1 2 8 1 9 81 d 1 10 10 000 1 express a as a power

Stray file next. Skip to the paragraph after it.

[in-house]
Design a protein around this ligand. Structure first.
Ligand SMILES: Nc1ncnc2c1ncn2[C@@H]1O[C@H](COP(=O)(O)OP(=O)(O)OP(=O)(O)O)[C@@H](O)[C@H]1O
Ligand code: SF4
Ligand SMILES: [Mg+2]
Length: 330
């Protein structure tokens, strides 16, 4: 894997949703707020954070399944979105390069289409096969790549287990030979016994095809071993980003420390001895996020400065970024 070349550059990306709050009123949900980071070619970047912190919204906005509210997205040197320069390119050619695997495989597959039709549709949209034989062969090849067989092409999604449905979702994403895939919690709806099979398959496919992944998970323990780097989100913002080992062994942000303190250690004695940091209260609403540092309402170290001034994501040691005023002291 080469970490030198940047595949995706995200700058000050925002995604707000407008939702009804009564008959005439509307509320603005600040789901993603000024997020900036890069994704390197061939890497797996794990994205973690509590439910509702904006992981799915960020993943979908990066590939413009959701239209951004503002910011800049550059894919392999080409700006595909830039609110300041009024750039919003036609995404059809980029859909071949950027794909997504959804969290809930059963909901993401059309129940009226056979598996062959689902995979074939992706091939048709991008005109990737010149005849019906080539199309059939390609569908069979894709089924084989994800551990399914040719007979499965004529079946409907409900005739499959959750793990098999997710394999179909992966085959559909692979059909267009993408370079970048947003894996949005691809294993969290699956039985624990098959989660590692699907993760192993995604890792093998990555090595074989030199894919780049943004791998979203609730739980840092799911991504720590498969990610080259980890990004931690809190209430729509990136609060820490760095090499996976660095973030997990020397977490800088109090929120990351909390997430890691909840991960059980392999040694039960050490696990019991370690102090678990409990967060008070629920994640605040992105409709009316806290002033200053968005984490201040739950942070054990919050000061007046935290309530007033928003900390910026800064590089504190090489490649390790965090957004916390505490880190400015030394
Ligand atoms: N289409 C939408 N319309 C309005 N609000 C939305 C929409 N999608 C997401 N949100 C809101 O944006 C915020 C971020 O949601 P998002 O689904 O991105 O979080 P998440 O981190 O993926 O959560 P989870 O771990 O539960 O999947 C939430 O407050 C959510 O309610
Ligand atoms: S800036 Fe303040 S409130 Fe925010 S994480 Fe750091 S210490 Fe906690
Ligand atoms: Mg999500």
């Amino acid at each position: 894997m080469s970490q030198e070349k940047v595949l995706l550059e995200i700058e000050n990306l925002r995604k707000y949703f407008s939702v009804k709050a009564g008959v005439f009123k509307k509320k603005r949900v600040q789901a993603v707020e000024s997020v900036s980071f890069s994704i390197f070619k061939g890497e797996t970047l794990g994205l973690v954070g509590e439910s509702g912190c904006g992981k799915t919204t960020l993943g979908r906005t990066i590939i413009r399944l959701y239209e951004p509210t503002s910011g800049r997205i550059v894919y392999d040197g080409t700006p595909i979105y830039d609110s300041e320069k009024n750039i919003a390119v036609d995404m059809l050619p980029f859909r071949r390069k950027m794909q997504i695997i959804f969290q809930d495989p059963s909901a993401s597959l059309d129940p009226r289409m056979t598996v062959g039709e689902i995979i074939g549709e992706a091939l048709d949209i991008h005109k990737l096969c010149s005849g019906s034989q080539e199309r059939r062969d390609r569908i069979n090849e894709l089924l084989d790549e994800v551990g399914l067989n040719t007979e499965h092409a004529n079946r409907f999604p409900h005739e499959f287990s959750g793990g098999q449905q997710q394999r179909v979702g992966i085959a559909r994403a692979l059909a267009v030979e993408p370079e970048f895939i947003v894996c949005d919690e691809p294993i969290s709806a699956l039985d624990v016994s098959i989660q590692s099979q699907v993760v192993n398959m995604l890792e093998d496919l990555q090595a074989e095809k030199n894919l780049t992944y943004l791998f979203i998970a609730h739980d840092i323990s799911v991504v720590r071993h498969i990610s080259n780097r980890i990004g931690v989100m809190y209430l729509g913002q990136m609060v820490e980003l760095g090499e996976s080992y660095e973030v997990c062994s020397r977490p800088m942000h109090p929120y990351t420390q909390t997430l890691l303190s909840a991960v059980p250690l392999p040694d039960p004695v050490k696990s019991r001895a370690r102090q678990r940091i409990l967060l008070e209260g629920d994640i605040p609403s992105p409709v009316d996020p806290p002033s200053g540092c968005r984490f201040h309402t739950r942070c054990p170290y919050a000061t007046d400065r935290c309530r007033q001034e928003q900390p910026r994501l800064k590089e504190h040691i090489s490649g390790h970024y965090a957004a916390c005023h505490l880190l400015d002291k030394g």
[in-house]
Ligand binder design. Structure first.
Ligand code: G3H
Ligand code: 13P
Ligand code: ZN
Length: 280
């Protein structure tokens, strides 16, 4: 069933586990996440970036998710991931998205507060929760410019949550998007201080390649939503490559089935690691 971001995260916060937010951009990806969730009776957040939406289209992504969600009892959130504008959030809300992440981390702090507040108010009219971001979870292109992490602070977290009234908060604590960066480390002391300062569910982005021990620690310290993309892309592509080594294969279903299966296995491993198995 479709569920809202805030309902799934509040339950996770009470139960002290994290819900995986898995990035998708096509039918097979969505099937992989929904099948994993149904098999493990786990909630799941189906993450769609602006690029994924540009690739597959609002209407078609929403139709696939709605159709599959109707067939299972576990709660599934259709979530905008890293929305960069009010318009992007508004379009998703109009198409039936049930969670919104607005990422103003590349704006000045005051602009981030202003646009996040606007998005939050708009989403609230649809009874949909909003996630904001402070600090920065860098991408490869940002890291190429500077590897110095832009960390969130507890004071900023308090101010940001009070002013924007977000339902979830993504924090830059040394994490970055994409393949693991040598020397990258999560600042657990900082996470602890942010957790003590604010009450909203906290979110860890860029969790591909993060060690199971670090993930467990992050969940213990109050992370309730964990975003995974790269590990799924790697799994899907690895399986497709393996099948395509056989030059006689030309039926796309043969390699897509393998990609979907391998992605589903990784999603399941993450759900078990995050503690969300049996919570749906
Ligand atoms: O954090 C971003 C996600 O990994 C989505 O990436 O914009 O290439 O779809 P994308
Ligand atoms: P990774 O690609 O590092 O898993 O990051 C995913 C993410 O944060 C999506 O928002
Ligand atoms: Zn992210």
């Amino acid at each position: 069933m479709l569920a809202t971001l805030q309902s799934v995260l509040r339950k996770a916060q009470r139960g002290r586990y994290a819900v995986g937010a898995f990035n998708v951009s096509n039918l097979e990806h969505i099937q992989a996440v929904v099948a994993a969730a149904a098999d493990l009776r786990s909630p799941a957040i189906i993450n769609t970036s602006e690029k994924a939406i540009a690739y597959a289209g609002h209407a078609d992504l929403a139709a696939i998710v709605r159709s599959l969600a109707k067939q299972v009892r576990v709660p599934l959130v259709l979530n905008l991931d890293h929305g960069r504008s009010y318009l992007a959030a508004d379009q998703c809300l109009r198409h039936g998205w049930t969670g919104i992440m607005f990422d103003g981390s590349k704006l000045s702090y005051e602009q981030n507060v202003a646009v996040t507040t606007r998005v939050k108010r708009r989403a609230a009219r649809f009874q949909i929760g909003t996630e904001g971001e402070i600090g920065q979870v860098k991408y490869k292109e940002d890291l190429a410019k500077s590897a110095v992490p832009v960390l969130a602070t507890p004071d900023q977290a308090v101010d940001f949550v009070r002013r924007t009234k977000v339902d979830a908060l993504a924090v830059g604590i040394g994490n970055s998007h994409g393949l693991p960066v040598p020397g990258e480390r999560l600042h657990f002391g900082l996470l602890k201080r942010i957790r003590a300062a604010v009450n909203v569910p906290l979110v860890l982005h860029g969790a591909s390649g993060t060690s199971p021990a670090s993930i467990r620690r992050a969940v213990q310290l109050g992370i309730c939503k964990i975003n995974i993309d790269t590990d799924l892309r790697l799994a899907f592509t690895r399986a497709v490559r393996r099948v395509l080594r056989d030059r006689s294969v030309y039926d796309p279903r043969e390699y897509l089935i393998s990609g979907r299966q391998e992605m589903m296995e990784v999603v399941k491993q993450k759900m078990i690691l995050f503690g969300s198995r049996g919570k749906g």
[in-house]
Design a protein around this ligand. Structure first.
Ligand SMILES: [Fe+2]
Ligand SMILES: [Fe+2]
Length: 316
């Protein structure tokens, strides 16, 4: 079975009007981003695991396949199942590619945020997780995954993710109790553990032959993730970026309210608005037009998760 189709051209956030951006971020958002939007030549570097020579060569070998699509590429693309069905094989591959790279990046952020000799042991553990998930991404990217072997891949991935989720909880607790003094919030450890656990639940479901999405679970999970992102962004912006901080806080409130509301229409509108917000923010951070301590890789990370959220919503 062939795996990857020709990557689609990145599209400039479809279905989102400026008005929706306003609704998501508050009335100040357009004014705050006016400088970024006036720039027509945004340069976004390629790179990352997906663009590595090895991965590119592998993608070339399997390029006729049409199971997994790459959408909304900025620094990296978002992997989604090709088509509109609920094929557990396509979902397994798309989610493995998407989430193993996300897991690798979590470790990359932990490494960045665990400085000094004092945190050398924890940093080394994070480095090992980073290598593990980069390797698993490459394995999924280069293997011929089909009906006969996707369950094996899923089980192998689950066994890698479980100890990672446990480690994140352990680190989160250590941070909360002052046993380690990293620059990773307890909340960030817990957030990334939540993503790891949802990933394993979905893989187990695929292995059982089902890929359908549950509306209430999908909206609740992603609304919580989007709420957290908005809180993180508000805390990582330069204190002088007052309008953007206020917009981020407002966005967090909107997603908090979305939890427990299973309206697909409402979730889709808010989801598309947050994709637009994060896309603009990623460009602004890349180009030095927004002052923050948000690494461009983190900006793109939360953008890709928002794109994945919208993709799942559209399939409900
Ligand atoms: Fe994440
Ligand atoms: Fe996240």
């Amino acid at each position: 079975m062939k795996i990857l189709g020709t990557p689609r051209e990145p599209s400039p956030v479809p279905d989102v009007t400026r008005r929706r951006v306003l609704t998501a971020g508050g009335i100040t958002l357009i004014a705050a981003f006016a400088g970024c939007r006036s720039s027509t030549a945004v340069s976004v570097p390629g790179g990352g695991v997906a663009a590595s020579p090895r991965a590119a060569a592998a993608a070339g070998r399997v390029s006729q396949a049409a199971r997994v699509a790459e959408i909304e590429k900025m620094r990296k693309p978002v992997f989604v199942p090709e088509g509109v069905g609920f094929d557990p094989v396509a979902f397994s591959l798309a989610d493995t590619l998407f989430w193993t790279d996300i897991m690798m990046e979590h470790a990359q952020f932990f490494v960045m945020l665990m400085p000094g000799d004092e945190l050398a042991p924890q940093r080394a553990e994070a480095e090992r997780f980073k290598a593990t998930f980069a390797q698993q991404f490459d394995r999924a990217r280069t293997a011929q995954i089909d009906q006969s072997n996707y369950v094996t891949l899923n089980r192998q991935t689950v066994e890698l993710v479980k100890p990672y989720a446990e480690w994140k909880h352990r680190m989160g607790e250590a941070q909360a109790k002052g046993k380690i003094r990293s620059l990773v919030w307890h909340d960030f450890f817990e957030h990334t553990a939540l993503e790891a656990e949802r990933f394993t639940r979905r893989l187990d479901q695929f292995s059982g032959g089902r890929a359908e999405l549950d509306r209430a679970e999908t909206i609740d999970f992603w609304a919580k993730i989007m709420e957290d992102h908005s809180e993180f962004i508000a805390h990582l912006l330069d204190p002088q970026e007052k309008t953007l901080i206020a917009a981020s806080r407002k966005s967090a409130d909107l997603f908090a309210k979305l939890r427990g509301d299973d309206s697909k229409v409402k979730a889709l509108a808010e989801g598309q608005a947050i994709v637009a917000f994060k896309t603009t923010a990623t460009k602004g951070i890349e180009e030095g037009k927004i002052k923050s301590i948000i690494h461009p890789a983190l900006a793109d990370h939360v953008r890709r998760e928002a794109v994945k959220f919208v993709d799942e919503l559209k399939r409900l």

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Unformatted text preview: t having any c2 fractions in your final answer. If a = b 3 and b = 3.4 Standard Form Standard form is a convenient way of writing very large or very small numbers. It is used on a scientific calculator when a number is too large or too small to be displayed on the screen. Before using standard form, we revise multiplying and dividing by powers of 10. Example 1 Calculate: (a) 3 × 10 4 (b) 3.27 × 10 3 (c) 3 ÷ 10 2 (d) 4.32 ÷ 10 4 Solution (a) 3 × 10 4 = 3 × 10 000 = 30 000 (b) 3.27 × 10 3 = 3.27 × 1000 = 3270 (c) 3 ÷ 10 2 = 3 100 = 0.03 49 MEP Y9 Practice Book A 3.4 (d) 4.32 ÷ 10 4 = = 4.32 10 000 432 1000 000 = 0.000432 These examples lead to the approach used for standard form, which is a reversal of the approach used in Example 1. In standard form, numbers are written as a × 10 n where 1 ≤ a < 10 and n is an integer. Example 2 Write the following numbers in standard form: (a) 5720 (b) 7.4 (c) 473 000 (d) 6 000 000 (e) 0.09 (f) 0.000621 Solution (a) 5720 = 5.72 × 1000 = 5.72 × 10 3 (b) 7.4 = 7.4 × 1 = 7.4 × 10 0 (c) 473 000 = 4.73 × 100 000 = 4.73 × 10 5 (d) 6 000 000 = 6 × 1000 000 = 6 × 10 6 (e) 0.09 = 9 100 = 9 ÷ 10 2 = 9 × 10 − 2 50 MEP Y9 Practice Book A (f) 0.000621 = = 6.21 10 000 6.21 10 4 = 6.21 × 10 − 4 Example 3 Calculate: (a) (3 × 10 ) × (4 × 10 ) (b) (6 × 10 ) ÷ (5 × 10 ) (c) (3 × 10 ) + (2 × 10 ) 6 7 4 3 −2 5 Solution (a) (3 × 10 ) × (4 × 10 ) 6 3 = (3 × 4) × (10 6 × 10 3 ) = 12 × 10 9 = 1.2 × 10 1 × 10 9 = 1.2 × 10 10 (b) (6 × 10 ) ÷ (5 × 10 ) 7 −2 = (6 ÷ 5) × (10 7 ÷ 10 − 2 ) = 1.2 × 10 9 (c) (3 × 10 ) + (2 × 10 ) 4 5 = 30 000 + 200 000 = 230 000 = 2.3 × 10 5 Note on Using Calculators Your calculator will have a key form. EE or EXP for entering numbers in standard For example, for 3.2 × 10 7 , press 3 . 2 51 EXP 7 MEP Y9 Practice Book A 3.4 which will appear on your display like this: 3.2 07 Some calculators also display the ' × 10 ' part of the number, but not all do. You need to find out what your calculator dis...
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